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Domestic Violence in Front of Children Could Become a Crime in New Jersey

October is Domestic Violence Awareness Month and one New Jersey lawmaker is looking to make it a crime to commit a domestic violence act in the presence of a child who is 16 years or younger.  Assemblywoman Celeste Riley has introduced the legislation as the month gets underway.

Domestic Violence
Flickr User Samantha Celera

“Many children who have witnessed domestic abuse at home develop emotional and behavioral problems that impact their development.  They often carry that scar into adulthood and see violence as an appropriate reaction to conflict.  It’s a sickening cycle with dangerous consequences,” said Riley.  “This bill recognizes that in a household inflicted by domestic violence, children who witness the abuse are victims as well and creates the appropriate punishment.”

The measure would provide that when a domestic violence act takes place in front of a child who is 16 years old or younger, the abuser would be subject to criminal prosecution for both the offense and for the separate crime of committing the act in the presence of a child.  But, the bill would not require that the person be convicted of the underlying offense in order to be convicted of committing the act in front of a child.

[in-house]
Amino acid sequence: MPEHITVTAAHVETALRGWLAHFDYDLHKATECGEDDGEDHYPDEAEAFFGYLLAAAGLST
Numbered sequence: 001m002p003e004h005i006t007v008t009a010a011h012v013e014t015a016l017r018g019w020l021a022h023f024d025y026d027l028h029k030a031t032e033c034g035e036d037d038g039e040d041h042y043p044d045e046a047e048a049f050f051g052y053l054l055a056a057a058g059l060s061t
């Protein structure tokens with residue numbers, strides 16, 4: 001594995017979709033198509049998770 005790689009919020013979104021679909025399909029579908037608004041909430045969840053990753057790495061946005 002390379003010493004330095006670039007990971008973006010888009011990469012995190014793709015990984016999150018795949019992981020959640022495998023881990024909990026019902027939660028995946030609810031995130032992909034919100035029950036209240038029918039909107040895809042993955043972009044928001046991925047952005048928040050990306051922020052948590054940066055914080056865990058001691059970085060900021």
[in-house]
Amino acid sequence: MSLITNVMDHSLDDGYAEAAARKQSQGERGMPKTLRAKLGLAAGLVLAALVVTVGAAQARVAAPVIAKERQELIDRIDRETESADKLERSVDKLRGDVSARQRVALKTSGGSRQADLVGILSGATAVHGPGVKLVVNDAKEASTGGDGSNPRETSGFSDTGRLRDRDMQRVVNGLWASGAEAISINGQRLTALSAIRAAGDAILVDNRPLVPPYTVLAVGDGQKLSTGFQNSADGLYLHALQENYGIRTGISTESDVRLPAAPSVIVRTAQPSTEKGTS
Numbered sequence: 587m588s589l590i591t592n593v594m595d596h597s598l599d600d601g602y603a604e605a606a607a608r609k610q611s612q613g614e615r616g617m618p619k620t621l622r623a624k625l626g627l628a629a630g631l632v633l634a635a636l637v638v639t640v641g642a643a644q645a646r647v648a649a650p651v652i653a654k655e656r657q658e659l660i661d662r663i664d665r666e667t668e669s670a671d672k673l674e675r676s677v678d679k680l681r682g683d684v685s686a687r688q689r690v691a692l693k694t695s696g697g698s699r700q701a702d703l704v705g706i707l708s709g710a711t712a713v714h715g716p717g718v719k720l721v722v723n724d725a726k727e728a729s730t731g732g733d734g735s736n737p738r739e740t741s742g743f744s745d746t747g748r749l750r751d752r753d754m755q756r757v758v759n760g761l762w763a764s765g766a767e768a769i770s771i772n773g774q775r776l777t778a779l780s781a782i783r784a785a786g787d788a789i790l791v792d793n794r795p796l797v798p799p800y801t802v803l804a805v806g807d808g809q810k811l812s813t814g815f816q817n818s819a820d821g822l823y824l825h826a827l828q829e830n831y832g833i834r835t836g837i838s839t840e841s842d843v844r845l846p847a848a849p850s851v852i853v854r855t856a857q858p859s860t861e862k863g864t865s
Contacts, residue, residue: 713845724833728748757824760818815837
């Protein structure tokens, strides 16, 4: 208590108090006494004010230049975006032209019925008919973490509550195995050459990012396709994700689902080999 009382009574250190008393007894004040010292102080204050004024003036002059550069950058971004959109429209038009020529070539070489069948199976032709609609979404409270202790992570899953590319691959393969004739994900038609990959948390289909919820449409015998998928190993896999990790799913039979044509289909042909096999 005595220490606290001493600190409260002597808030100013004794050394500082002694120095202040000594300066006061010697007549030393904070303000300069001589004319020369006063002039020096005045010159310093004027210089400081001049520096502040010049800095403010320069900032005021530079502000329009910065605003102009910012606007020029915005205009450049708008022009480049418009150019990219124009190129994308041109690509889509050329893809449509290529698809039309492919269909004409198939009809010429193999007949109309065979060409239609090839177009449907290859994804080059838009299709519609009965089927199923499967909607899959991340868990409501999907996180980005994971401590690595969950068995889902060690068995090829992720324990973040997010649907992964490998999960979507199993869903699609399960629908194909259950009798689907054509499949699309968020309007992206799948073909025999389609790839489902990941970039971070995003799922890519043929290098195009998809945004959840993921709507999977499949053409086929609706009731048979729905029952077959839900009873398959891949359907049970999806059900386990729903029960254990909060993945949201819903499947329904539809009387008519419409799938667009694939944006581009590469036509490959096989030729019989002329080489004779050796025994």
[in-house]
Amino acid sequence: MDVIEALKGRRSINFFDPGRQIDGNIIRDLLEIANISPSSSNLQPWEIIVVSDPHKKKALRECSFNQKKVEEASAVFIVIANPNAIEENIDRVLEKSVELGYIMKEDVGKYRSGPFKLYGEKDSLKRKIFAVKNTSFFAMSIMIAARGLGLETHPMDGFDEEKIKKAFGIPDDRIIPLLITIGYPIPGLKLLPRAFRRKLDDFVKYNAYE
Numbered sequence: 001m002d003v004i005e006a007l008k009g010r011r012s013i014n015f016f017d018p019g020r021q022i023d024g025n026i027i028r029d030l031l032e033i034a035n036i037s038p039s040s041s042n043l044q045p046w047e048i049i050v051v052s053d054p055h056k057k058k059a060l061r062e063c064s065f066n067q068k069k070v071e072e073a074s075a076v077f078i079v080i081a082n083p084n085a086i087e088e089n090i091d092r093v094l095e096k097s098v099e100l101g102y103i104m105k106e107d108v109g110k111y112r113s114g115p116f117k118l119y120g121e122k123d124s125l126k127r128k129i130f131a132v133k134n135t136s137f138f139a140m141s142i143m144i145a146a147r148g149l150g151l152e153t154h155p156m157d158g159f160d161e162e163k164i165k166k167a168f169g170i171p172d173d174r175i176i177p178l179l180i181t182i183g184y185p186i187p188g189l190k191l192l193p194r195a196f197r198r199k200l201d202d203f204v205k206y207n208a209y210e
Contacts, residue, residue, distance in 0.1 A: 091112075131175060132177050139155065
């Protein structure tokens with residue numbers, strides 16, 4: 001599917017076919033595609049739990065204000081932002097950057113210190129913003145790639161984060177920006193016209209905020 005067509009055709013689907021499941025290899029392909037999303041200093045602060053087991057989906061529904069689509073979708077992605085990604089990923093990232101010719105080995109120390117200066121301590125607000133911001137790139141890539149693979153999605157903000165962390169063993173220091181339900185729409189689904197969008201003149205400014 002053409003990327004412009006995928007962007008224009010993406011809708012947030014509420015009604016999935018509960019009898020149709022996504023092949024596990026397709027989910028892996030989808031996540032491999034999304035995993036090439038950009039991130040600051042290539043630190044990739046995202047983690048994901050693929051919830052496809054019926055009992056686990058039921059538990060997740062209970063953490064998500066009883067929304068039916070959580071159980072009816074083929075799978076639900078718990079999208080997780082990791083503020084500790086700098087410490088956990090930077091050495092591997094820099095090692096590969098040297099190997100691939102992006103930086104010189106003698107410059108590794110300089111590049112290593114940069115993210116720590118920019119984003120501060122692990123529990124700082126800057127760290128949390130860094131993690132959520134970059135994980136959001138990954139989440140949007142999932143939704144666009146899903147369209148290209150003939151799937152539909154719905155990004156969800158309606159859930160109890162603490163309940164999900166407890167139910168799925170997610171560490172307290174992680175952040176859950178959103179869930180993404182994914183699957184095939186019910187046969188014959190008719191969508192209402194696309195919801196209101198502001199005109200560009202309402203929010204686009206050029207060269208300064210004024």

Committing an act of domestic violence in the presence of a child would be a fourth degree crime, if the underlying offense is a disorderly persons offense or petty offense.  Otherwise, it would be graded one degree higher than the most serious underlying offense.

A fourth degree crime is punishable by up to 18 months in prison, up to a $10,000 fine, or both.  A third degree crime means three to five years in prison, up to a $15,000 fine, or both.  A second degree crime can result in five to 10 years behind bars, up to a $15,000 fine, or both while a first degree crime is punishable by 10 to 20 years in prison, up to a $200,000 fine, or both.

“Children who witness abuse are silent victims.  The fear and helplessness these children must feel when seeing one parent abuse the other is heartbreaking and has serious implications on their mental well-being,” said Riley.  “Research shows that children who witness violence are at risk for confounding problems such as failing at school, committing violence against others and suffering low self-esteem.  It is a parent’s responsibility to protect their children, but if they can’t, we as a state should remind them that this type of behavior is not acceptable and that there will be consequences for their actions.”

 

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